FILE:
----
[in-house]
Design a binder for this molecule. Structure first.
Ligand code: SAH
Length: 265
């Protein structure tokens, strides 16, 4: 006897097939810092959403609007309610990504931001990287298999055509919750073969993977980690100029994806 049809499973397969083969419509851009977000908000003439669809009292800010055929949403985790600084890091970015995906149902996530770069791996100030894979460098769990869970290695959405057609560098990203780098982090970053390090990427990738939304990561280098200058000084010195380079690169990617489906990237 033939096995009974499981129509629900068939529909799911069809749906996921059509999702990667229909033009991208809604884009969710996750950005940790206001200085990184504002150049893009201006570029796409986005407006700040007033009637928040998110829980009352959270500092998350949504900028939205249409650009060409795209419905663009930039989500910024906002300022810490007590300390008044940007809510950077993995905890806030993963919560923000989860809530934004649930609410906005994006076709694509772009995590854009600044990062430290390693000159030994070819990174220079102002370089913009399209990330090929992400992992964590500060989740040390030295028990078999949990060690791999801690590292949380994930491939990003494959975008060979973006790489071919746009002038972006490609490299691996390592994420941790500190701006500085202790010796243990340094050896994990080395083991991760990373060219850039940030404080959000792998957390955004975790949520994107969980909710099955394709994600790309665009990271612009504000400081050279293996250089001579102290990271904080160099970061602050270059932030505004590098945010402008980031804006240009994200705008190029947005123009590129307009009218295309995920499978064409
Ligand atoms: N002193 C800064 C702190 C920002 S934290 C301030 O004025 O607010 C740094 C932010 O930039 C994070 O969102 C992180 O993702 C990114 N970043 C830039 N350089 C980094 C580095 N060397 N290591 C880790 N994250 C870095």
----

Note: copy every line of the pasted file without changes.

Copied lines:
[in-house]
Design a binder for this molecule. Structure first.
Ligand code: SAH
Length: 265
């Protein structure tokens, strides 16, 4: 006897097939810092959403609007309610990504931001990287298999055509919750073969993977980690100029994806 049809499973397969083969419509851009977000908000003439669809009292800010055929949403985790600084890091970015995906149902996530770069791996100030894979460098769990869970290695959405057609560098990203780098982090970053390090990427990738939304990561280098200058000084010195380079690169990617489906990237 033939096995009974499981129509629900068939529909799911069809749906996921059509999702990667229909033009991208809604884009969710996750950005940790206001200085990184504002150049893009201006570029796409986005407006700040007033009637928040998110829980009352959270500092998350949504900028939205249409650009060409795209419905663009930039989500910024906002300022810490007590300390008044940007809510950077993995905890806030993963919560923000989860809530934004649930609410906005994006076709694509772009995590854009600044990062430290390693000159030994070819990174220079102002370089913009399209990330090929992400992992964590500060989740040390030295028990078999949990060690791999801690590292949380994930491939990003494959975008060979973006790489071919746009002038972006490609490299691996390592994420941790500190701006500085202790010796243990340094050896994990080395083991991760990373060219850039940030404080959000792998957390955004975790949520994107969980909710099955394709994600790309665009990271612009504000400081050279293996250089001579102290990271904080160099970061602050270059932030505004590098945010402008980031804006240009994200705008190029947005123009590129307009009218295309995920499978064409
Ligand atoms: N002193 C800064 C702190 C920002 S934290 C301030 O004025 O607010 C740094 C932010 O930039 C994070 O969102 C992180 O993702 C990114 N970043 C830039 N350089 C980094 C580095 N060397 N290591 C880790 N994250 C870095």